On Friday, May 11th, the CPSP hosted the fourth annual New Frontiers in Poverty Research Conference. The day featured speakers and panelists who underscored the potential of antipoverty policies and threats to their impact. Marta Tienda of Princeton University discussed the importance of educational access and school quality as antipoverty policy, particularly for immigrant and first-generation children, while Bruce Western emphasized the need to break the cycles of poverty, racism, poor health, and violence endured by those affected by the criminal justice system. The conference also included a timely discussion between Robert Paul Hartley of Columbia, Michael Lewis of Hunter College, and Chris Hughes of the Economic Security Project on the idea of a basic income.
As in earlier years, the conference featured the CPSP’s latest research on poverty and social policy in New York City and nationwide. New York City specific research highlighted the many uses of the Robin Hood Poverty Tracker for those interested in addressing the city’s elevated rates of poverty and disadvantage and the final panel focused on likely consequences of federal policy proposals that cut into safety-net funding.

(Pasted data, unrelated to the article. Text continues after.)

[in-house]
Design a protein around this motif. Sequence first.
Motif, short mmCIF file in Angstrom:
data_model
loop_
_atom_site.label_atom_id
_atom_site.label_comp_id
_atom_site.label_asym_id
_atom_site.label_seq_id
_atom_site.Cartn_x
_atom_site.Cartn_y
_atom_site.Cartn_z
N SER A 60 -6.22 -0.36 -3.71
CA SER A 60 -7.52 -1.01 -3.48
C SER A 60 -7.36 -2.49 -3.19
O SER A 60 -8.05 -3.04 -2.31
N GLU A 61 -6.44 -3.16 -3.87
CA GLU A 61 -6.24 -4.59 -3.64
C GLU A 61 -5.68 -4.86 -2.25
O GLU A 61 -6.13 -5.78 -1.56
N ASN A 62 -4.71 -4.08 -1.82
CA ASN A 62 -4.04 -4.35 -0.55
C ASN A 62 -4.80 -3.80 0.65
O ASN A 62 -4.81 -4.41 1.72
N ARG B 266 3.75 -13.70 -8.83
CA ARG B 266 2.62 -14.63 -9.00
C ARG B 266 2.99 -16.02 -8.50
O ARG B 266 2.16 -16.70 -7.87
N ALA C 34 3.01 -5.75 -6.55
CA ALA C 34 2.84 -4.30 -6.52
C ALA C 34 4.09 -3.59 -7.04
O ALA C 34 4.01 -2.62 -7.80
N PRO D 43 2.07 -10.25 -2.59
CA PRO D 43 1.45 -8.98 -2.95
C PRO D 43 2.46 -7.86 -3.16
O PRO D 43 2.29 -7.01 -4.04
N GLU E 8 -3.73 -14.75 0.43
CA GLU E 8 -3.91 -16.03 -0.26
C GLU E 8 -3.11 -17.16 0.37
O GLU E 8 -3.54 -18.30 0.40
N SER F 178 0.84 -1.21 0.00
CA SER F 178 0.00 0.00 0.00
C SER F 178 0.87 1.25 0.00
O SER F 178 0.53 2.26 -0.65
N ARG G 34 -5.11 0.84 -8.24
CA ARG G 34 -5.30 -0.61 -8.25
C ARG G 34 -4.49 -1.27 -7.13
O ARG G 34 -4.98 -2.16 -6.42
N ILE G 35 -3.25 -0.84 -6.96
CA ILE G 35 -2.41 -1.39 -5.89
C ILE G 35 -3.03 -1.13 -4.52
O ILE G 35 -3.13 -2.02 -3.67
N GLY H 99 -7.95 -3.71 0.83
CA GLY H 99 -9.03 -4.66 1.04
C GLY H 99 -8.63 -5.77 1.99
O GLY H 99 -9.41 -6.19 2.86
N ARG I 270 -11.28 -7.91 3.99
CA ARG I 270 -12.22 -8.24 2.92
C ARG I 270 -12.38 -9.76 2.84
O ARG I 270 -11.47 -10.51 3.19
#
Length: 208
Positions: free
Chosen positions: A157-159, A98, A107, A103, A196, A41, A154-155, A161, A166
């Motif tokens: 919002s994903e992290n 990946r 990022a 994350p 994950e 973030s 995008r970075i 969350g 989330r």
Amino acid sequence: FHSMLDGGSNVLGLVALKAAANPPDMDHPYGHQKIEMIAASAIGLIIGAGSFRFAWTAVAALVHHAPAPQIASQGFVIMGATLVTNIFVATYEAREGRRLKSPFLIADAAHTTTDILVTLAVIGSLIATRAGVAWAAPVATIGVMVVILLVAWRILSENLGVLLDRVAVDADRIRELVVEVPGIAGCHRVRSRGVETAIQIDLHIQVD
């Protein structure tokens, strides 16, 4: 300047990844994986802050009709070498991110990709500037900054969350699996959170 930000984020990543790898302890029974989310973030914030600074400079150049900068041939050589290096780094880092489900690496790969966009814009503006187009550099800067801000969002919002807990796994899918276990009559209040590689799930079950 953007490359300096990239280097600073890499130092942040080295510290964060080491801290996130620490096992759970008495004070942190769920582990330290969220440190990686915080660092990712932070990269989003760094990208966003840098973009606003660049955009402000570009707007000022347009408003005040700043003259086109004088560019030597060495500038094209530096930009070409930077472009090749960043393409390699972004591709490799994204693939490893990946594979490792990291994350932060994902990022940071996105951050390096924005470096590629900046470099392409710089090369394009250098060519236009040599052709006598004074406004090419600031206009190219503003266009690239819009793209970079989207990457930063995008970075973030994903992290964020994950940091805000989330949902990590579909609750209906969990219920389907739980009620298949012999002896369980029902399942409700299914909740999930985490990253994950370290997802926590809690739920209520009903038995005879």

For those interested in conference materials, the keynote addresses and the discussion of a basic income are available in the conference video; slides from the panelists' presentations are available below.
Session One: Harnessing the Robin Hood Poverty Tracker to Understand New Dimensions of Poverty in New York City
- Christopher Wimer: "Accessing Help: A Portrait of Service Use Among New York City Families with Children" (slides)
- Sophie Collyer: "Single Parent Families in New York City: Vulnerabilities and Potential Policy Solutions" (slides)
- Matthew Maury: "Paid Sick Leave in New York City: Early Evidence of Policy Effects"(slides)
Session Two: A New Basic Income?
- Robert Paul Hartley: "Simulating the Effects and Costs of a Universal Basic Income Guarantee" (slides)
See the discussion between Robert Paul Hartley, Michael Lewis, and Chris Hughes on the idea of a basic income in the conference video.
Session Three: Antipoverty Policies in the Age of Trump
- Jennifer Laird: "Taking Food Off the Table: Effects of the New Public Change Proposal on SNAP Recipients" (slides)
- Naomi Zewde: "Understanding Recent Trends in the Impact of Medicaid on Poverty in the United States" (slides)
- Diana Hernandez: "Energy Insecurity in the United States: New Estimates of Prevalence and Potential Policy Responses" (slides from this presentation are available in the conference video)